‘ Introduction ‘Why were some people fated, like Job, to live a never-ending debate between themselves and their sense of what they believed life should be’? (Wright 24). This question …
His attitude to fate is ambivalent, however, insofar as he both acknowledges the existence of fate and disavows it at the same time. We can see his response to the witches first prediction (that he shall be king) in this light. He tries to take over responsibility for what is fated to him because he disdains fate. He entertains briefly the idea that he might be king without doing anything, but he quickly dismisses that idea. What he is entertaining here is the idea of leaving his character out of the equation, leaving his free will out of it, or just plain leaving his freedom out of it. That is what we do when we leave everything up to fate. To leave everything up to fate means being a pawn, or not being a character at all. It means being an automaton, or being something like a Banquo. Being like Banquo might result in being admired by pious moralizers, but my contention is that Shakespeare does not write for the satisfaction of pious moralizers. Banquo is a pawn, not a hero.
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The curse first appeared in pg31 of the book when Elya wanted Madame Zeroni to do him a favor to marry with gorgeous Myra. However, Madame Zeroni asked him to carry her up the mountain as she wanted to drink from the steam, and also wanted him to sing a song for her. What's more, failure would bring a curse to him and his descendants for all of eternity. Unfortunately, Elya did not realize how serious the consequence would be, and he went to Myra's home instead and failed from that promise. Since then, Staleys all experienced hard lives. And that is the reason why Stanley's family are doomed by a "fate".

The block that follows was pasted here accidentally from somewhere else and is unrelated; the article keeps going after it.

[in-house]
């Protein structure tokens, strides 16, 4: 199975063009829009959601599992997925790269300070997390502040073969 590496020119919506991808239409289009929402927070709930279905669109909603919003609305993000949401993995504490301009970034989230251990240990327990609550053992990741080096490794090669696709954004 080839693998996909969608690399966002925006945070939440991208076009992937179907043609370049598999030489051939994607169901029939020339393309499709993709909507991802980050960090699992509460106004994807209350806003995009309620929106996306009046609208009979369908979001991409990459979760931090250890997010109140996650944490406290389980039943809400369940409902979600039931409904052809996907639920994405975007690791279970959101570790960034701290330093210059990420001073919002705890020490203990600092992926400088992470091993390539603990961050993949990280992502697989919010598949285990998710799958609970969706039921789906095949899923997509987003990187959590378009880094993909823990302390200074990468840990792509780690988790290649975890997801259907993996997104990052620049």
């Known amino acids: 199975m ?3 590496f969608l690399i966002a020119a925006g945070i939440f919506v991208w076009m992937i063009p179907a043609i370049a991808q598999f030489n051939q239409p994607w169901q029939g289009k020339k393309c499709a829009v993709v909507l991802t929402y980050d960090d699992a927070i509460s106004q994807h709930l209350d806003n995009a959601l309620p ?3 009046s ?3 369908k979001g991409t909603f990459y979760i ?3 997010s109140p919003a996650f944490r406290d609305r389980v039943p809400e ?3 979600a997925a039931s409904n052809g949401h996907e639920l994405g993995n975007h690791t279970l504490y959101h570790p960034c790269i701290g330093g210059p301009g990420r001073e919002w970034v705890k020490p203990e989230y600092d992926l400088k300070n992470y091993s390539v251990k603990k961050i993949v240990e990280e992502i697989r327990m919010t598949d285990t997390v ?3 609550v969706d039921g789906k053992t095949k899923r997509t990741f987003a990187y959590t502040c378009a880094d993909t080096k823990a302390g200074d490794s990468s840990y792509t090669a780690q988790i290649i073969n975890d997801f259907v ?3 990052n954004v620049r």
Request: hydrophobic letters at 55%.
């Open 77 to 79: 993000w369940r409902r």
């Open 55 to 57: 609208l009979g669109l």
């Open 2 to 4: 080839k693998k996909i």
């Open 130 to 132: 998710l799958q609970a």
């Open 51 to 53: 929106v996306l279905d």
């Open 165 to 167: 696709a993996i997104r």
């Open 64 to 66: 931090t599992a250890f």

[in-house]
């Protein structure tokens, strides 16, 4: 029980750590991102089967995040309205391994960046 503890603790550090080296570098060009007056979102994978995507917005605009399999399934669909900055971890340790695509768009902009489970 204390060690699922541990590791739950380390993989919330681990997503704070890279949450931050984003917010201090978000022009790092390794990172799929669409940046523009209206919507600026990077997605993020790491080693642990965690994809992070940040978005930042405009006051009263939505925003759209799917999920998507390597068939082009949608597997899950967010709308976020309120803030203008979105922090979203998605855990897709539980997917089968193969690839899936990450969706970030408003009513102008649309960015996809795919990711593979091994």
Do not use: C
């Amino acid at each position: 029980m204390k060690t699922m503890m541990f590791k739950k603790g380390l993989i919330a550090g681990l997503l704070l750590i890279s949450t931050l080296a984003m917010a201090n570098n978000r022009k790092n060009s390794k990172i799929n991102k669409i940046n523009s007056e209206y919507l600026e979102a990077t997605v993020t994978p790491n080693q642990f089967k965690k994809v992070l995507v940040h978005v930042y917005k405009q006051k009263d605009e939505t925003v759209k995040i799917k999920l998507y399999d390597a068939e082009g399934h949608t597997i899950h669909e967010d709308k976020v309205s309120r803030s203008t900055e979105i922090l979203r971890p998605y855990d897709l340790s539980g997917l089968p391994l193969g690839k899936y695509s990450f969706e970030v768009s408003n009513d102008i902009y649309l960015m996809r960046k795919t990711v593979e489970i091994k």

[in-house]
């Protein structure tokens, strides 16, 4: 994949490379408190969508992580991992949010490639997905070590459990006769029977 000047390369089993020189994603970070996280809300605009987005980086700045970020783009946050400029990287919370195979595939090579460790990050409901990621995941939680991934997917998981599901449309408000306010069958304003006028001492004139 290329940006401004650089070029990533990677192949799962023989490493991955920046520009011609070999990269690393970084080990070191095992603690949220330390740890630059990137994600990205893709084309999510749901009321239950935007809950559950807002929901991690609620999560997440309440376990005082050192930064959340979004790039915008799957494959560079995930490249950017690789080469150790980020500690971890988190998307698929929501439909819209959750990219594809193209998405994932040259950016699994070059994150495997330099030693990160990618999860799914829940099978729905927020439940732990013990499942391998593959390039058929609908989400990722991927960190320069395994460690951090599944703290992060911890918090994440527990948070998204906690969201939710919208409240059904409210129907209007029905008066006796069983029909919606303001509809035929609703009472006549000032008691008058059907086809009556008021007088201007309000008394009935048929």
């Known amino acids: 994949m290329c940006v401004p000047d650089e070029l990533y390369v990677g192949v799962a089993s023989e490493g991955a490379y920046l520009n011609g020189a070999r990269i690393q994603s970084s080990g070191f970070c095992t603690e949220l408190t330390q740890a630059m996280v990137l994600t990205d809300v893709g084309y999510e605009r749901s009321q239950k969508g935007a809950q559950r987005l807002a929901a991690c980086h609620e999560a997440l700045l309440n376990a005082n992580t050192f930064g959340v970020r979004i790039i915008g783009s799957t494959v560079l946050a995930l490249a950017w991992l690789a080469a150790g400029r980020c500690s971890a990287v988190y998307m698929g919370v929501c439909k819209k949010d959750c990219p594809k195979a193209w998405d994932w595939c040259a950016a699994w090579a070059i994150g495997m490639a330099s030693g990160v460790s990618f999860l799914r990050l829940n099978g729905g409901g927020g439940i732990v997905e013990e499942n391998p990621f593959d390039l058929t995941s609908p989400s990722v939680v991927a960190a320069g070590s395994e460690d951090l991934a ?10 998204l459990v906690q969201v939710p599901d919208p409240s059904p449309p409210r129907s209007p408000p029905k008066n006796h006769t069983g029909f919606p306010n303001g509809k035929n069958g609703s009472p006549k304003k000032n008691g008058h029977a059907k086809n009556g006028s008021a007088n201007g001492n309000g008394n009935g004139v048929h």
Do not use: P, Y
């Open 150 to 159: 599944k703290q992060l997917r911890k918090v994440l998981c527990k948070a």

On the one hand, of course, it is possible to argue that the young lovers make foolish choices while considering themselves doomed by fate. On the other hand, even though they might consider themselves subject to fate or the whims of fortune, they obviously try to determine their own future. Perhaps they blame fortune or fate too much, but they are hugely defiant of all the external forces that seem ranged against them. You might say that fate isn't really the source of those external forces (you might say its the law of the state and the family and so on), but the fact is that even as they lament what they call their fate, they try to defy it. Fate, in other words, seems to be not just an excuse but also an enemy that they try to overcome, and that's the insight you arrive at, but then ignore, in your reading of the scene in which Romeo commits suicide.Fate vs free will essays The question of whether our lives are controlled by fate or free will has this essay Continue reading Chicago. Fate vs free will.The idea that Romeo doesn't bother to check is not really faithful to the text of the play; the idea that "this doesn't work" is a little vague. What exactly does "this" refer to? Are you saying that the attempt to take responsibility isn't successful? If so, and if that were both meaningful and true, wouldn't the fact of Romeo's attempt to defy fate and take responsibility still mean that there is a little more to the question of fate and responsibility (or choice, which amounts to the same thing, since when you make a free choice you are responsible for that choice) than is implied by the rest of your essay?I feeling that fate gives me is patience, in the matter of events that I can expect or do not expect. I find that inner purpose of a life that can be discovered and realized. And with the ability to endure waiting or a provocation without being annoyed or upset for that one reason it happens. It can be a choice I take and when done I would reflect what would have gone wrong. This is what I believe.